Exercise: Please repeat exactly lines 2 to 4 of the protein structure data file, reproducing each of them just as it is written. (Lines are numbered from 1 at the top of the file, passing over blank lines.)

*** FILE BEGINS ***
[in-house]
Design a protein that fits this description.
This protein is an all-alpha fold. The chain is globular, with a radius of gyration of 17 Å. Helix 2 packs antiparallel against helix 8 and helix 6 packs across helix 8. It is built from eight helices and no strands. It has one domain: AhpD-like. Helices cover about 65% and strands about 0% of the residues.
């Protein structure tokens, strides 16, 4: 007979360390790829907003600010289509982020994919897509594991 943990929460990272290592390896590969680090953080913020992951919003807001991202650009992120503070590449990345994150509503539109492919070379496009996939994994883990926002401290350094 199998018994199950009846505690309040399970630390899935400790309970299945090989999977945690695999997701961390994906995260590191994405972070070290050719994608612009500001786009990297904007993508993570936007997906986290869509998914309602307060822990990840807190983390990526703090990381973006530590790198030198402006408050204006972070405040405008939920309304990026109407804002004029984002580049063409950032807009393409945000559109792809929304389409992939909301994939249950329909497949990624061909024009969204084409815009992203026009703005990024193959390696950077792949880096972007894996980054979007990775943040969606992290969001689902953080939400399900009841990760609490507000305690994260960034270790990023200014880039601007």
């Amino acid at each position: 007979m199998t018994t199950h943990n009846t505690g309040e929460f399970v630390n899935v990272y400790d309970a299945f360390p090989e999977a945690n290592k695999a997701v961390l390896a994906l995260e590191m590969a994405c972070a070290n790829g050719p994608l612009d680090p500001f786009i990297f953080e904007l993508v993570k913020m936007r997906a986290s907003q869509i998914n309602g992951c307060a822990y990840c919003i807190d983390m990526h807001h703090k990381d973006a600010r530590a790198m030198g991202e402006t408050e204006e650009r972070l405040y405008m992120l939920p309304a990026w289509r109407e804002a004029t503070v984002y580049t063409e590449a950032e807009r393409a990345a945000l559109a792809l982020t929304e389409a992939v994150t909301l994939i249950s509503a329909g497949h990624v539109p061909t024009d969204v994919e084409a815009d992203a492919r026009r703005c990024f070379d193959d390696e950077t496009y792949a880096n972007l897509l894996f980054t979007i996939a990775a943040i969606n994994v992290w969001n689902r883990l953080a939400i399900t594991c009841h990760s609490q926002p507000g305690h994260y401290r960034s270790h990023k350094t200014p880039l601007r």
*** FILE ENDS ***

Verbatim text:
Design a protein that fits this description.
This protein is an all-alpha fold. The chain is globular, with a radius of gyration of 17 Å. Helix 2 packs antiparallel against helix 8 and helix 6 packs across helix 8. It is built from eight helices and no strands. It has one domain: AhpD-like. Helices cover about 65% and strands about 0% of the residues.
């Protein structure tokens, strides 16, 4: 007979360390790829907003600010289509982020994919897509594991 943990929460990272290592390896590969680090953080913020992951919003807001991202650009992120503070590449990345994150509503539109492919070379496009996939994994883990926002401290350094 199998018994199950009846505690309040399970630390899935400790309970299945090989999977945690695999997701961390994906995260590191994405972070070290050719994608612009500001786009990297904007993508993570936007997906986290869509998914309602307060822990990840807190983390990526703090990381973006530590790198030198402006408050204006972070405040405008939920309304990026109407804002004029984002580049063409950032807009393409945000559109792809929304389409992939909301994939249950329909497949990624061909024009969204084409815009992203026009703005990024193959390696950077792949880096972007894996980054979007990775943040969606992290969001689902953080939400399900009841990760609490507000305690994260960034270790990023200014880039601007």